We had a bit of unexpected warm weather yesterday afternoon in Washington, D.C. but fear not for the cold weather is returning! Which made me think of very cold weather. As in polar.

More than a decade ago, I wrote about the churches of remote northern Greenland, so it’s only fair to go south. Fortunately, others have had the same idea. There are several churches and chapels in the Antarctic. Most are Catholic, two are Orthodox and one (American, in case you wondered, at McMurdo) is multi-faith.

This page reviews the chapels, in English, to plead for a chapel at the Italian base Terra Nova.

This page, in Spanish, has better photos. (“Las iglesias de la Antártida, las más meridionales del mundo.“)

All are fascinating in their own way, but the chapel at Belgrano II — well depicted at the second link — is made of ice and has a special beauty.

"This week we pray for…"

You may have noticed that there’s a widget on the right-hand column called “This week we pray for” that has a date, a list of nations and a picture. This links to a prayer resource from the World Council of Churches, focusing on a different region of the world each year.

Each resource page features a photo, thanksgiving and petitions, prayers, links to information about the churches in those countries, and sometimes other resources. The idea is to stimulate intentional prayer for the people of the world.

To get the code to share on your site, go to

A source of daily readings

I’ve shortened my morning prayers and vespers to make them more appropriate for use alone, and brief enough to read before and after work.

I’ve take out the provision for readings and all but the fixed psalms (and after looking for a portable New Testament and Psalter!) so I can use the one book. But a little more scripture — to hang my thoughts on, to reflect on, to find guidance in — would be right.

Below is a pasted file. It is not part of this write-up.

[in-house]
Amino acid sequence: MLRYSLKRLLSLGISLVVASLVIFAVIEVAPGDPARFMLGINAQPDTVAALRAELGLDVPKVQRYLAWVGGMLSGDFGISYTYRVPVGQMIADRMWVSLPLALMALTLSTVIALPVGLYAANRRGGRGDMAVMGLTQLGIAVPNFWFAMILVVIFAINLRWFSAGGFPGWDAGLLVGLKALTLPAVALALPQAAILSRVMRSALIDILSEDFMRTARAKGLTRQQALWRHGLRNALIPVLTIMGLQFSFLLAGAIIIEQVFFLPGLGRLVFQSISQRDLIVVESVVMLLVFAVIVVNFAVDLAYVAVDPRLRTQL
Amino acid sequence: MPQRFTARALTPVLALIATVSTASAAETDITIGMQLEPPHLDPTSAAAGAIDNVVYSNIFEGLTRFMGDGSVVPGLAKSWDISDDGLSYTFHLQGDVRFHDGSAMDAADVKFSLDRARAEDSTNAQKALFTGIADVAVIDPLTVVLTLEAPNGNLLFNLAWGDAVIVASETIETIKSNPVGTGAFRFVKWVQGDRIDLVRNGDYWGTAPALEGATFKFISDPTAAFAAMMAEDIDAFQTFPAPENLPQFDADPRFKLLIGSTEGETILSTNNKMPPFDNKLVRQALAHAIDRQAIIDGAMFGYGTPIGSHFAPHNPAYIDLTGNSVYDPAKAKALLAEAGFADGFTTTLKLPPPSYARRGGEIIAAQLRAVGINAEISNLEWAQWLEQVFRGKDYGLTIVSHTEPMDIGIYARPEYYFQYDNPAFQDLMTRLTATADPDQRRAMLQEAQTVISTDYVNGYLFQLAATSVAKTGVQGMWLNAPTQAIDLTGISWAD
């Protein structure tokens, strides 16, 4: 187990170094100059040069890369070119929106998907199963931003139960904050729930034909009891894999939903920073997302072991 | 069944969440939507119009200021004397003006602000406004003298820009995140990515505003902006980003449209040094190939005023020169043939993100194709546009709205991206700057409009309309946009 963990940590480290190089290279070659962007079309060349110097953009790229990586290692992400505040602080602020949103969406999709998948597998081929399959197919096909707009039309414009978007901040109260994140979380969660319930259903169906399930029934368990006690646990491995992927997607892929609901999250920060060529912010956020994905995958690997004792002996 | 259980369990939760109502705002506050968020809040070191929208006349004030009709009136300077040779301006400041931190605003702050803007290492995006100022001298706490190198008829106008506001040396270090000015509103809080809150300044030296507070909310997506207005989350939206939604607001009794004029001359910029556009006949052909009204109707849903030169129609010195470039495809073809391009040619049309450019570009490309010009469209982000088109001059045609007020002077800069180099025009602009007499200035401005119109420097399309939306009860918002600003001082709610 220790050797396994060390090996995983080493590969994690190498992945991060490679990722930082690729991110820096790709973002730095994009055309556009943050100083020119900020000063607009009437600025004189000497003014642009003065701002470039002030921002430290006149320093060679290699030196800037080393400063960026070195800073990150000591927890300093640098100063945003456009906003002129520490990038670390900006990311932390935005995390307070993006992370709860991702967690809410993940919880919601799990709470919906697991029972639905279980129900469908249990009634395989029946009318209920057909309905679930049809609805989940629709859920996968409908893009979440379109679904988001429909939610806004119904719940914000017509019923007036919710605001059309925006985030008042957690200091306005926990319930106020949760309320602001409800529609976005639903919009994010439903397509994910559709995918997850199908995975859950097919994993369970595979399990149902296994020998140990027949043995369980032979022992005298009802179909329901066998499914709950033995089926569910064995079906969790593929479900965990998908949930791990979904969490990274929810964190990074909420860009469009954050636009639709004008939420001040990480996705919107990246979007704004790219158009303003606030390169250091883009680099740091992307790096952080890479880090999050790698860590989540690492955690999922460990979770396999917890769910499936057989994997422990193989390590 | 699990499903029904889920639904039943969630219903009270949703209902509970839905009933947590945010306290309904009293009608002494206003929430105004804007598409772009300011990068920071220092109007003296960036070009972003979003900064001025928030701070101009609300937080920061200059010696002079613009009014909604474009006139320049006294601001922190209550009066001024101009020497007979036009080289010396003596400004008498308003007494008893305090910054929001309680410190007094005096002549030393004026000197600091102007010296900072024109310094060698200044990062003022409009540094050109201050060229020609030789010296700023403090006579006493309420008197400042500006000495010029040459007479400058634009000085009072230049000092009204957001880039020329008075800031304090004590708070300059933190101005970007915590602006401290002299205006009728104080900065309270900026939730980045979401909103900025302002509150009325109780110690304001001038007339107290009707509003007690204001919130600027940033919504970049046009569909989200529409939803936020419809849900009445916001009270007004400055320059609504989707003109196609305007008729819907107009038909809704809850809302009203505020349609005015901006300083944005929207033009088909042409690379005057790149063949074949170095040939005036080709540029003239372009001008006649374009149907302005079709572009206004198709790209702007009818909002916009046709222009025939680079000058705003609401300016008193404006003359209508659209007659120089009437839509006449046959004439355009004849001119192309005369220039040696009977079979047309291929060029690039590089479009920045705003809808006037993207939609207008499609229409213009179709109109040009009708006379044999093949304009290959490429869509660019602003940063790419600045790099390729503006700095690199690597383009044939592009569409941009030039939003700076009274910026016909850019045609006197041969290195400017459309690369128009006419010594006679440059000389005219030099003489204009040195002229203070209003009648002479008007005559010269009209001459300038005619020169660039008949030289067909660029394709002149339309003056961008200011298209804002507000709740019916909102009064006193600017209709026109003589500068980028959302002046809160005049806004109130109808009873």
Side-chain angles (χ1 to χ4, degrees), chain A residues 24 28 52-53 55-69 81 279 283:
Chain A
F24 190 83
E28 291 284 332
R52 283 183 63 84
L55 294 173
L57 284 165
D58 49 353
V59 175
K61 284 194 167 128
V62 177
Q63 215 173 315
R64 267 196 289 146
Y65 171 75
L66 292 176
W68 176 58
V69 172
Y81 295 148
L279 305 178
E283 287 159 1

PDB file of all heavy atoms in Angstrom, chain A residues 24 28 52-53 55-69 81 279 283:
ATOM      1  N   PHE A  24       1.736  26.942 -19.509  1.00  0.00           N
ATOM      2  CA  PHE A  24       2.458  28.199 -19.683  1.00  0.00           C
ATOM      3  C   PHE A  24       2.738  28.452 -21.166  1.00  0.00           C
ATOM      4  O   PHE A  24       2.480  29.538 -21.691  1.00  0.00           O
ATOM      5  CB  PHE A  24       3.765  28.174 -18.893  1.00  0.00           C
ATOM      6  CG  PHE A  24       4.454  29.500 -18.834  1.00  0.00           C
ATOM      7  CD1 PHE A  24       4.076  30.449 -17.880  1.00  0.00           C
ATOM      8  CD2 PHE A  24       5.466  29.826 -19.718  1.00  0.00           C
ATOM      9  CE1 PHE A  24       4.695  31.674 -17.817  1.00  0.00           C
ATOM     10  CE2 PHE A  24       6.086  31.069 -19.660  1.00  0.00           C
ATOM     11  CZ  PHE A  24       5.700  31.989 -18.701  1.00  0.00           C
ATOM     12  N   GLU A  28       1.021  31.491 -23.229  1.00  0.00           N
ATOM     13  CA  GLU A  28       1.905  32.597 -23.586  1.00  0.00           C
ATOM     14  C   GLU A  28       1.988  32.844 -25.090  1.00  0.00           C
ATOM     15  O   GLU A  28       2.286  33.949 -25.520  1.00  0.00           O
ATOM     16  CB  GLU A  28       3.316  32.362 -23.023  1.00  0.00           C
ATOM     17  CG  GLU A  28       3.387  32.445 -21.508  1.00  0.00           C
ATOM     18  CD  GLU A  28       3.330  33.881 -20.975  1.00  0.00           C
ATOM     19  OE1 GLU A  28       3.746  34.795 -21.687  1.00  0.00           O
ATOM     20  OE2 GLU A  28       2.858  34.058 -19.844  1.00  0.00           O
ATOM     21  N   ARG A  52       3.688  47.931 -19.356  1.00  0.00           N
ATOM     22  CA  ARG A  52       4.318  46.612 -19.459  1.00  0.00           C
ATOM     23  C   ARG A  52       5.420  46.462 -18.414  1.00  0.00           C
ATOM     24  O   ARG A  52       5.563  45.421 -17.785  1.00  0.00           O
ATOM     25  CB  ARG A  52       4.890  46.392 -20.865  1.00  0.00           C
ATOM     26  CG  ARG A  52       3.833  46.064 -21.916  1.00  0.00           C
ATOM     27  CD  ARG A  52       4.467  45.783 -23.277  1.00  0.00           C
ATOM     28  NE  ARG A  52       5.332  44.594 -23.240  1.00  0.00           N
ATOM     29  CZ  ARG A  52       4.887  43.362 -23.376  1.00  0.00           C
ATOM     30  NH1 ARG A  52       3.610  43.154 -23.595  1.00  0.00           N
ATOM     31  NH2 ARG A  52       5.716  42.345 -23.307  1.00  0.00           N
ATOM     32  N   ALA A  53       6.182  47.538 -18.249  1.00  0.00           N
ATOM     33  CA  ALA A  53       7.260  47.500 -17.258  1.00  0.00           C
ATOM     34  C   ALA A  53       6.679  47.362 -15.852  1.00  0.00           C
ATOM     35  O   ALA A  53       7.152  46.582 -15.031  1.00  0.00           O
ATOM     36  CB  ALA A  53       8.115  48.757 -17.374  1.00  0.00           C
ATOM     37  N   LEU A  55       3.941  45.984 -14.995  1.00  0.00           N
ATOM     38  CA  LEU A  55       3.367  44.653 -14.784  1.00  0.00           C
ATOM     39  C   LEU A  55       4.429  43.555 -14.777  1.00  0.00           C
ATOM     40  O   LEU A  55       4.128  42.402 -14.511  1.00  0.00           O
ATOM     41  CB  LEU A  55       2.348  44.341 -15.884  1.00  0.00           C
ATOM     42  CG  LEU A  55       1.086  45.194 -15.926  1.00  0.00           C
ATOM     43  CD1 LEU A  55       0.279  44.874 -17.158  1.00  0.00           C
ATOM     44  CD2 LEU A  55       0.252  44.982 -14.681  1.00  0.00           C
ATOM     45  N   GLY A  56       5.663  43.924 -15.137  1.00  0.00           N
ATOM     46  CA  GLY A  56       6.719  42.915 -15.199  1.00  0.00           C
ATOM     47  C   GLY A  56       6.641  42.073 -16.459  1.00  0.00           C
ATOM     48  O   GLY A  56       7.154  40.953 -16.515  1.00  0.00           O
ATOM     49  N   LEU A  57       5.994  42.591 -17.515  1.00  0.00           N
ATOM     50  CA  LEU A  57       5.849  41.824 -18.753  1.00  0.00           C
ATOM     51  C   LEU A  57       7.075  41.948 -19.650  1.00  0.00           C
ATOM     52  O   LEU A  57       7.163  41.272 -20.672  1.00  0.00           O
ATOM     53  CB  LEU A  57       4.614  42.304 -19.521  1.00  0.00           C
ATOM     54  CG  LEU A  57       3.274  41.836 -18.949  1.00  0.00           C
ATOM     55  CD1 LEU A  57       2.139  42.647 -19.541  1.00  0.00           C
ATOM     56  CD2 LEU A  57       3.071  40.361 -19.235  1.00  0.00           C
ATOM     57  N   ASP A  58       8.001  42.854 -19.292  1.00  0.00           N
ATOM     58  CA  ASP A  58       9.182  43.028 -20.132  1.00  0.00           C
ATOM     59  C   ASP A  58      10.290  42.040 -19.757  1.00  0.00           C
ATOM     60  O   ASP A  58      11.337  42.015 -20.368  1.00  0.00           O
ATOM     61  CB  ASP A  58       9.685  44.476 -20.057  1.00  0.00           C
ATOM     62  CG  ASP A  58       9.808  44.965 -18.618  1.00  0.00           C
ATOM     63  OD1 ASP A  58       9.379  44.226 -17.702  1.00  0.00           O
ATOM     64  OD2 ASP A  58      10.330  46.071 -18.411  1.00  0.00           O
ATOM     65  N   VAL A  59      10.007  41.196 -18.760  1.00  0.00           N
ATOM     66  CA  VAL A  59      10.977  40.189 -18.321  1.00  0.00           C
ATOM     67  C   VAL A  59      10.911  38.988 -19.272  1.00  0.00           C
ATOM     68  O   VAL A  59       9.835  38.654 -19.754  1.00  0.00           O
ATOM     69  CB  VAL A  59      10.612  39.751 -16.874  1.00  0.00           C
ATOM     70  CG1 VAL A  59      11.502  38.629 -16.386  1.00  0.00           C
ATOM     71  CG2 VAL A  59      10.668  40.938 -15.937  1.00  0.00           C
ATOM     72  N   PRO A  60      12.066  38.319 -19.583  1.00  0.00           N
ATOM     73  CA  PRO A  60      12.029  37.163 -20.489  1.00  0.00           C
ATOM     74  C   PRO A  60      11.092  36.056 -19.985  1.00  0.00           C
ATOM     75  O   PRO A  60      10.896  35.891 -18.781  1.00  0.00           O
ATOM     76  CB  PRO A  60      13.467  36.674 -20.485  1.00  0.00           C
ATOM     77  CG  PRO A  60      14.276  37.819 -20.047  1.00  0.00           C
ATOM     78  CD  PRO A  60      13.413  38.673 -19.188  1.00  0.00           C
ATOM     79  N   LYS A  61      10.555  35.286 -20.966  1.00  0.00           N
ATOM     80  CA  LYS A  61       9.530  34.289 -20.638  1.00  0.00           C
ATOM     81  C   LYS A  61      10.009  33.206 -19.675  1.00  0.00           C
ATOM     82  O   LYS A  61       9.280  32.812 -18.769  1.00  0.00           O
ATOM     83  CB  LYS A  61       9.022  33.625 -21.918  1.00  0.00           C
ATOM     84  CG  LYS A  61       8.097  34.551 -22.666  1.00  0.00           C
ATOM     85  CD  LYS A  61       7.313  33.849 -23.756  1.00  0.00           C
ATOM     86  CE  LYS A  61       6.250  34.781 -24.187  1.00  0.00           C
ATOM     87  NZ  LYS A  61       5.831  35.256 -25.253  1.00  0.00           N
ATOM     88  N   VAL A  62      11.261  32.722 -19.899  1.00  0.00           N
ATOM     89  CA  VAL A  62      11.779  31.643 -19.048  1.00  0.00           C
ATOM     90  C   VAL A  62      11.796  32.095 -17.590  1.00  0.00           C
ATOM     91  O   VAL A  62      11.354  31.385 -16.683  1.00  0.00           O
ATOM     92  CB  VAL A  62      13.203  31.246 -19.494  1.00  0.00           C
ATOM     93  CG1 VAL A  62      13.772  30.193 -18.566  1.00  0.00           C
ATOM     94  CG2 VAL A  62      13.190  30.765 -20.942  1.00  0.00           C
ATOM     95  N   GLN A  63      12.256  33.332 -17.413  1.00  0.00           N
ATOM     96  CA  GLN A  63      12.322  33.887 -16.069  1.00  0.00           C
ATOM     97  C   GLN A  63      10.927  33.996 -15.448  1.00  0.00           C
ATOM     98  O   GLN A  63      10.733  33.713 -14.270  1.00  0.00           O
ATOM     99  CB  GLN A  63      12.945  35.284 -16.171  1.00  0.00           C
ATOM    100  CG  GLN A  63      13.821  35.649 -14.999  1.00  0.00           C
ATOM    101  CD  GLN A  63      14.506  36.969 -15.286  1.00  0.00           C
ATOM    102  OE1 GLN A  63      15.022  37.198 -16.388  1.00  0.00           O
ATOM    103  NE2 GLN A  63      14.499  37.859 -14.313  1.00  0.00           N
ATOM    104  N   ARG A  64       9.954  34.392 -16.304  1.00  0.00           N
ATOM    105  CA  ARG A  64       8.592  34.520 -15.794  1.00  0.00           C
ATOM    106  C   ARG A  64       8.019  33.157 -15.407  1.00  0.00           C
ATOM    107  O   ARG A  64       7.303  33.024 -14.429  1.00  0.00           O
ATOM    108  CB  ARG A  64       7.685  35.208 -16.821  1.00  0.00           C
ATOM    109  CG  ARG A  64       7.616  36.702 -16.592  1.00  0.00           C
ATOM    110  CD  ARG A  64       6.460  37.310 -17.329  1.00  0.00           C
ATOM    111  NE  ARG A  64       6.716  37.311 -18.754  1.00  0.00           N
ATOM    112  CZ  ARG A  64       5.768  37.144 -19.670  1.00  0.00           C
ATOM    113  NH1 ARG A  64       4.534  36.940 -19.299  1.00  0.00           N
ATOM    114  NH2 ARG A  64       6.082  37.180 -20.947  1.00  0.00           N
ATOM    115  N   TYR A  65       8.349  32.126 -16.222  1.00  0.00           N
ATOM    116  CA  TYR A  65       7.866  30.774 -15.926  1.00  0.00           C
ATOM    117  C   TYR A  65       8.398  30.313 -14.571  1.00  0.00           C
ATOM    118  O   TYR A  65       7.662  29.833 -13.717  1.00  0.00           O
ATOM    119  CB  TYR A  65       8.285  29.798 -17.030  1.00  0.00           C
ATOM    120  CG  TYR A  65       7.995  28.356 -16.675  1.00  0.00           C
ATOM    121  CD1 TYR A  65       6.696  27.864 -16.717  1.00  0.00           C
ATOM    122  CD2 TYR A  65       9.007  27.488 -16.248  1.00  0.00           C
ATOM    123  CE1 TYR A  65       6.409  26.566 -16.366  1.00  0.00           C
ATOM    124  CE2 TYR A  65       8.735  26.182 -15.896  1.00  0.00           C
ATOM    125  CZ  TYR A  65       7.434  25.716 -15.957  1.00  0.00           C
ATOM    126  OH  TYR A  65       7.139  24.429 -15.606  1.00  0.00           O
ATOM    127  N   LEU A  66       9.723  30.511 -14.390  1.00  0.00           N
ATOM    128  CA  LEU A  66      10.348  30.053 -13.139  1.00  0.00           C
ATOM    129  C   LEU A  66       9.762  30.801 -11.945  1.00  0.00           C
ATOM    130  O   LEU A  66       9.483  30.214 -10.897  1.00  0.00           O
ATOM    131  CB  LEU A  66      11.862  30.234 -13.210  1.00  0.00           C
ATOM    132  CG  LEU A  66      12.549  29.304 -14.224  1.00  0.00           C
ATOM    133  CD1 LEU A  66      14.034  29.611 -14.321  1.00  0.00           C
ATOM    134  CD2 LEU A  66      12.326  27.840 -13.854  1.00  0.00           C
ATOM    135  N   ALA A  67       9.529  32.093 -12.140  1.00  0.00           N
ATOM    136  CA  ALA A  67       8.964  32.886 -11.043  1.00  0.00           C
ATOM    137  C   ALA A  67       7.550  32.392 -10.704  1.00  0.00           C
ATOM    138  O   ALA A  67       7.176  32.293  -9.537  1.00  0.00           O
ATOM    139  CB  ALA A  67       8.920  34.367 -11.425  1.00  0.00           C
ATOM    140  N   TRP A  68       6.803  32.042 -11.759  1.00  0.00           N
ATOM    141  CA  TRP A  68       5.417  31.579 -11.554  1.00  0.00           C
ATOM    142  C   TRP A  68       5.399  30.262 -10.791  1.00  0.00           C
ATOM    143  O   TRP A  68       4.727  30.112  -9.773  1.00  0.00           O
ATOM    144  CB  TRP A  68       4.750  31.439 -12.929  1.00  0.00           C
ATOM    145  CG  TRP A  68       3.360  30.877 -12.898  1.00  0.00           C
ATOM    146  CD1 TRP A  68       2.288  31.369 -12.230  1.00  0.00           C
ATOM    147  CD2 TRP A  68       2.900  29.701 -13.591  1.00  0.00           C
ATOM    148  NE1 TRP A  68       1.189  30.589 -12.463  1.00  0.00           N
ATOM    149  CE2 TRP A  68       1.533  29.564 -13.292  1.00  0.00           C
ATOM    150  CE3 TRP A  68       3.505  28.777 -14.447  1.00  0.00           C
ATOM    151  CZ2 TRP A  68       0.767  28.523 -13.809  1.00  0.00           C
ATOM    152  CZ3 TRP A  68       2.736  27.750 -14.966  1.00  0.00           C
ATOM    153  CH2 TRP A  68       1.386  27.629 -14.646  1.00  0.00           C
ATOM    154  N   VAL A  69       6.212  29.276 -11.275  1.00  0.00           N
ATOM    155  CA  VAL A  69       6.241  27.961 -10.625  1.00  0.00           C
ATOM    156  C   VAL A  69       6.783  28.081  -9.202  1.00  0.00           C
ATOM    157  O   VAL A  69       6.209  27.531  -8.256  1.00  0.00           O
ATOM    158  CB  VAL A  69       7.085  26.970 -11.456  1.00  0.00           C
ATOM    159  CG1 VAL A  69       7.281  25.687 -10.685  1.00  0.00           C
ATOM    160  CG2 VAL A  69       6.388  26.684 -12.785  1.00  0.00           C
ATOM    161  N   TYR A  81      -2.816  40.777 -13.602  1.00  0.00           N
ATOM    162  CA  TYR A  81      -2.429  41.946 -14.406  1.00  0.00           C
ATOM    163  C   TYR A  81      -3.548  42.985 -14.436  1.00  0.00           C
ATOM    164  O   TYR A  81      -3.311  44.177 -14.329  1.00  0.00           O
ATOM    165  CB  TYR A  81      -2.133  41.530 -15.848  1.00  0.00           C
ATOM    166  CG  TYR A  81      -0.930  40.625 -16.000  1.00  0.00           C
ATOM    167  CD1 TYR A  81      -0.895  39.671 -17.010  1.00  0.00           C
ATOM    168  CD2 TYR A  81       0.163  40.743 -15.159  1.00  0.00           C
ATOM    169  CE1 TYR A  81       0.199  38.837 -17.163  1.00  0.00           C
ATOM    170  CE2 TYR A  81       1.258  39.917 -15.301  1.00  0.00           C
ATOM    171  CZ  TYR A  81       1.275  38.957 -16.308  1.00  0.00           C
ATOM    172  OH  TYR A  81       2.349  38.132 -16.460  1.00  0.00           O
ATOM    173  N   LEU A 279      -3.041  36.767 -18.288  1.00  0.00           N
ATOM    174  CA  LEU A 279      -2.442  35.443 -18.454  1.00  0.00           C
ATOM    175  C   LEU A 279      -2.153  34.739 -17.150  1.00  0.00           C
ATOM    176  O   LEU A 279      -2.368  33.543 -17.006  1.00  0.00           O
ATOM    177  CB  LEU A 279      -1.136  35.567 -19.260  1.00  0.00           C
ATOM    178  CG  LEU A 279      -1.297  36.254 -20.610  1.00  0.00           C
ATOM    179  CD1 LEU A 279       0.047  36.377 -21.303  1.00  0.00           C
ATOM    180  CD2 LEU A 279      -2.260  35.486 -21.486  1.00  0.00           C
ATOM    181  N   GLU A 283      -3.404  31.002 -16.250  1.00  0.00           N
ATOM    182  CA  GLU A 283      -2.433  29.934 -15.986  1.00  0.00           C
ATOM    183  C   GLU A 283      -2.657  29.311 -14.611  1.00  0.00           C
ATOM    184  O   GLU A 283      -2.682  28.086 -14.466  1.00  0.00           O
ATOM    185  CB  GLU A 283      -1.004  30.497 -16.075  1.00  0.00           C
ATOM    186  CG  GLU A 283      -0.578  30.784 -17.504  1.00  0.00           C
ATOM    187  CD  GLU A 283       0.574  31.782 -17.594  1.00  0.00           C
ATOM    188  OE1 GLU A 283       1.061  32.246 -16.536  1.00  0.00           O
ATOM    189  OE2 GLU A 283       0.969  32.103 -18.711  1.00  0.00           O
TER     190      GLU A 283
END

I’ve subscribed to Moravian Daily Texts, which I get by email each day and which they’ve been printing since 1731! Two, very brief readings. Just about short enough to post on as the Community Wayside Pulpit or perhaps even to tweet. “Little chapters” if you pray the breviary.

R&E Newsweekly: Expulsion of Iraqi Christians

It’s been a hard week in the news. Central American children in the borderlands. The deaths in Gaza. The Malaysian flight downing. Frightening news — let’s hope not all true — from ISIS/ISIL. You’d be forgiven for being overwhelmed.

But please spare a prayer for the Christian minority of Iraq, and particularly of Mosul
, an ancient community that’s been extirpated. Remember them, as they take refuge, mainly in Iraqi Kurdistan.

This interview on Religion and Ethics Newsweekly is of Syrian Catholic (that is, in union with Rome) Patriarch Ignatius Youssef III Younan.

A review of the daily office in 500 words

So many thoughtful and talented people have written so well about the development of the daily office, or the Christian duty of daily prayer, that it’s folly for me to do so in brief. Indeed, you may want to stop here and get a copy of George Guiver’s 2001 Company of Voices: Daily Prayer and the People of God instead.